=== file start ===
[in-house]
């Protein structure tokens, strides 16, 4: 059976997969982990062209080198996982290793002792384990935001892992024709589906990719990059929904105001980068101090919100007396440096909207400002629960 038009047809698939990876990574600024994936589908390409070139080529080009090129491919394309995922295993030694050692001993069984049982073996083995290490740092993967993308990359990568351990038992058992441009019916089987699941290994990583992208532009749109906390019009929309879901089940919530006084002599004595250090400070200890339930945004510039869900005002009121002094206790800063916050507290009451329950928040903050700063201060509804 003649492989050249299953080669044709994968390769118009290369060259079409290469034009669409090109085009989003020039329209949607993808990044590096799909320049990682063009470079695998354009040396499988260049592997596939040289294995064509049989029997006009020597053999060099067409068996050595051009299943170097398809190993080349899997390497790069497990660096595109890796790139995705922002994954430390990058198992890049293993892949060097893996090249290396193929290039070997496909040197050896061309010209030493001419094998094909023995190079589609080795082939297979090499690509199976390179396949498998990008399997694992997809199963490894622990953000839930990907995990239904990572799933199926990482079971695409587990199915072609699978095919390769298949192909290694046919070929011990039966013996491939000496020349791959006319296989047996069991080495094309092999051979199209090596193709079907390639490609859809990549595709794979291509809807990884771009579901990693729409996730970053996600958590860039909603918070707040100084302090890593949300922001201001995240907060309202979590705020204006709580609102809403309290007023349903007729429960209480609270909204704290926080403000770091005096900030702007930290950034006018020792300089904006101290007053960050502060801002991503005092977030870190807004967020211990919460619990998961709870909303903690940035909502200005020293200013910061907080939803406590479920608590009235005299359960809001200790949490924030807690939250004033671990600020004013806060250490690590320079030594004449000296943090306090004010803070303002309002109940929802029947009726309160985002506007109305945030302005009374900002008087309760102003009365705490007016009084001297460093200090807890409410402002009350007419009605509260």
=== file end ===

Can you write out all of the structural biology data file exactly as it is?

[in-house]
């Protein structure tokens, strides 16, 4: 059976997969982990062209080198996982290793002792384990935001892992024709589906990719990059929904105001980068101090919100007396440096909207400002629960 038009047809698939990876990574600024994936589908390409070139080529080009090129491919394309995922295993030694050692001993069984049982073996083995290490740092993967993308990359990568351990038992058992441009019916089987699941290994990583992208532009749109906390019009929309879901089940919530006084002599004595250090400070200890339930945004510039869900005002009121002094206790800063916050507290009451329950928040903050700063201060509804 003649492989050249299953080669044709994968390769118009290369060259079409290469034009669409090109085009989003020039329209949607993808990044590096799909320049990682063009470079695998354009040396499988260049592997596939040289294995064509049989029997006009020597053999060099067409068996050595051009299943170097398809190993080349899997390497790069497990660096595109890796790139995705922002994954430390990058198992890049293993892949060097893996090249290396193929290039070997496909040197050896061309010209030493001419094998094909023995190079589609080795082939297979090499690509199976390179396949498998990008399997694992997809199963490894622990953000839930990907995990239904990572799933199926990482079971695409587990199915072609699978095919390769298949192909290694046919070929011990039966013996491939000496020349791959006319296989047996069991080495094309092999051979199209090596193709079907390639490609859809990549595709794979291509809807990884771009579901990693729409996730970053996600958590860039909603918070707040100084302090890593949300922001201001995240907060309202979590705020204006709580609102809403309290007023349903007729429960209480609270909204704290926080403000770091005096900030702007930290950034006018020792300089904006101290007053960050502060801002991503005092977030870190807004967020211990919460619990998961709870909303903690940035909502200005020293200013910061907080939803406590479920608590009235005299359960809001200790949490924030807690939250004033671990600020004013806060250490690590320079030594004449000296943090306090004010803070303002309002109940929802029947009726309160985002506007109305945030302005009374900002008087309760102003009365705490007016009084001297460093200090807890409410402002009350007419009605509260």